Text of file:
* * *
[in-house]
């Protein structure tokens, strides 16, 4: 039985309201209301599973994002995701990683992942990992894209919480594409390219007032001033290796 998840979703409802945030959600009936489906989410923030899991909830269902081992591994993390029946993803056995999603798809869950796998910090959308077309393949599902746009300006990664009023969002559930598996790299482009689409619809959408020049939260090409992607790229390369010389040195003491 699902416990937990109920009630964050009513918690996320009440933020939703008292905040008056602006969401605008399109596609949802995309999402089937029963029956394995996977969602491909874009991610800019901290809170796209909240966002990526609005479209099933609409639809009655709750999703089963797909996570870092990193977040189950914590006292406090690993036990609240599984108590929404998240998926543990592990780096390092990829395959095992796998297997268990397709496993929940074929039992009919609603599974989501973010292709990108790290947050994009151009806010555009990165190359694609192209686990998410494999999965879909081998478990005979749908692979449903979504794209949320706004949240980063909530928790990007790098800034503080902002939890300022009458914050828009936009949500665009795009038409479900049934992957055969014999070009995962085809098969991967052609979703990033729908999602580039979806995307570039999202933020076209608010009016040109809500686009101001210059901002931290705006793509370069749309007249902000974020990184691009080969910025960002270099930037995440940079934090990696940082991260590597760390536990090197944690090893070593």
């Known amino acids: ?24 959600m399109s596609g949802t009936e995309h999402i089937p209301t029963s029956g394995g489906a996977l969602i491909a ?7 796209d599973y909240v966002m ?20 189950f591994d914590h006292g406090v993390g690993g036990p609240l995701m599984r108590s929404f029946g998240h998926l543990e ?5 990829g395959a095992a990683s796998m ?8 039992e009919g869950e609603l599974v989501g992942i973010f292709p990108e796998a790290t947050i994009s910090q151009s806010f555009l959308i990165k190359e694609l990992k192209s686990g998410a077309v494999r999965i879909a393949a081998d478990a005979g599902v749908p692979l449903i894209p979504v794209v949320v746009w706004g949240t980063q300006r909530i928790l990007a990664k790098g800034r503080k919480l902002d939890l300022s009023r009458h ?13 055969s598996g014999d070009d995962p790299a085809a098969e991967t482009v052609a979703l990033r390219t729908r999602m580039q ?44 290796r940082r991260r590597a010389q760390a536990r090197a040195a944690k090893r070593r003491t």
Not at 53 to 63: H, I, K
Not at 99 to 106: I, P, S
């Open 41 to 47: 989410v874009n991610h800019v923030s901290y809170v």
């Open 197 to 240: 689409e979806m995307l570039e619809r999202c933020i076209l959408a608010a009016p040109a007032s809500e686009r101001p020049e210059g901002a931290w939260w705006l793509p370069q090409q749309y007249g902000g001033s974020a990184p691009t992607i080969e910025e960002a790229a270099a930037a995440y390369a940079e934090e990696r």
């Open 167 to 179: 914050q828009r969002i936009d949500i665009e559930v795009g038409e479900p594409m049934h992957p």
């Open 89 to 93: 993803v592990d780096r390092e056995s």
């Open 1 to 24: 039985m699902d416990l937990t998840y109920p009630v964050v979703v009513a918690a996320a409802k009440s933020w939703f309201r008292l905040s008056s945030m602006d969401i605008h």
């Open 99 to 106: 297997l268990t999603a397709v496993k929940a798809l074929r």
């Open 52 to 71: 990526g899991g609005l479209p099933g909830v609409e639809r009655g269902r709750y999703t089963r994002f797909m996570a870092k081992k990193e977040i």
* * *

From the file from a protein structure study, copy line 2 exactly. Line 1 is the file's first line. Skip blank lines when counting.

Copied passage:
């Protein structure tokens, strides 16, 4: 039985309201209301599973994002995701990683992942990992894209919480594409390219007032001033290796 998840979703409802945030959600009936489906989410923030899991909830269902081992591994993390029946993803056995999603798809869950796998910090959308077309393949599902746009300006990664009023969002559930598996790299482009689409619809959408020049939260090409992607790229390369010389040195003491 699902416990937990109920009630964050009513918690996320009440933020939703008292905040008056602006969401605008399109596609949802995309999402089937029963029956394995996977969602491909874009991610800019901290809170796209909240966002990526609005479209099933609409639809009655709750999703089963797909996570870092990193977040189950914590006292406090690993036990609240599984108590929404998240998926543990592990780096390092990829395959095992796998297997268990397709496993929940074929039992009919609603599974989501973010292709990108790290947050994009151009806010555009990165190359694609192209686990998410494999999965879909081998478990005979749908692979449903979504794209949320706004949240980063909530928790990007790098800034503080902002939890300022009458914050828009936009949500665009795009038409479900049934992957055969014999070009995962085809098969991967052609979703990033729908999602580039979806995307570039999202933020076209608010009016040109809500686009101001210059901002931290705006793509370069749309007249902000974020990184691009080969910025960002270099930037995440940079934090990696940082991260590597760390536990090197944690090893070593």